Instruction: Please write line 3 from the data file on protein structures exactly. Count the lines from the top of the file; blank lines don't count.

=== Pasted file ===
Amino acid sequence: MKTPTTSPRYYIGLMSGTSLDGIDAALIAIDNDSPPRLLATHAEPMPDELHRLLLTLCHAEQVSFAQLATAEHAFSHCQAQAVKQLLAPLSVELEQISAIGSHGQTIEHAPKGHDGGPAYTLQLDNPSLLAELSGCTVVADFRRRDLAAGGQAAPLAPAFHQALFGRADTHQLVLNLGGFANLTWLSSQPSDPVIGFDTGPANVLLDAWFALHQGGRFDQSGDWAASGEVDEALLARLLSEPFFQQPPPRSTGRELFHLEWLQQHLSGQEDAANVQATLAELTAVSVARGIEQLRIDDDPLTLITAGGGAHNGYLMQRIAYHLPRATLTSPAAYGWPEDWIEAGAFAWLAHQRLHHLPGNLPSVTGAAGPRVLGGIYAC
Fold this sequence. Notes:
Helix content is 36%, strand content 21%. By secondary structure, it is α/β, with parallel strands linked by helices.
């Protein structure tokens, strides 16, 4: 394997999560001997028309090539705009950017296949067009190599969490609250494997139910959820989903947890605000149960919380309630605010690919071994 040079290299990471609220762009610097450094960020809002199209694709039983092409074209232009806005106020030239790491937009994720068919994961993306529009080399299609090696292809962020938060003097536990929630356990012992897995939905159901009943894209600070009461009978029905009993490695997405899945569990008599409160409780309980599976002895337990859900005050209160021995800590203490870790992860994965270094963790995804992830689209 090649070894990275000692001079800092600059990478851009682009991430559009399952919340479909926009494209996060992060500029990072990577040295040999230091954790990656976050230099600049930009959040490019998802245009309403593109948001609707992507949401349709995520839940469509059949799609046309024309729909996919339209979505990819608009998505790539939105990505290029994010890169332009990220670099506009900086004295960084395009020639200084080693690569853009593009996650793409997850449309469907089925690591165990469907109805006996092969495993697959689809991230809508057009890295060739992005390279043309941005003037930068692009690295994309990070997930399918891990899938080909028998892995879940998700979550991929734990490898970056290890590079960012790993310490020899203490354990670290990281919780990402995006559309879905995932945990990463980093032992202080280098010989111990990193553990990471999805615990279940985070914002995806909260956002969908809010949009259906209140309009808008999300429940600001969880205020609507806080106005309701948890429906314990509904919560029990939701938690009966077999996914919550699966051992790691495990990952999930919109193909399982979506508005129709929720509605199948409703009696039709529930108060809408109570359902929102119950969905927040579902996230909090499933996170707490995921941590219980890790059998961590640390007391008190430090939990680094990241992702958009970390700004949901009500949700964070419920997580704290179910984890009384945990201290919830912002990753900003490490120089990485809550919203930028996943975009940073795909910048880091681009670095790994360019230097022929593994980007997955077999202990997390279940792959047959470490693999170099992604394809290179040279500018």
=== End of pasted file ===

Helix content is 36%, strand content 21%. By secondary structure, it is α/β, with parallel strands linked by helices.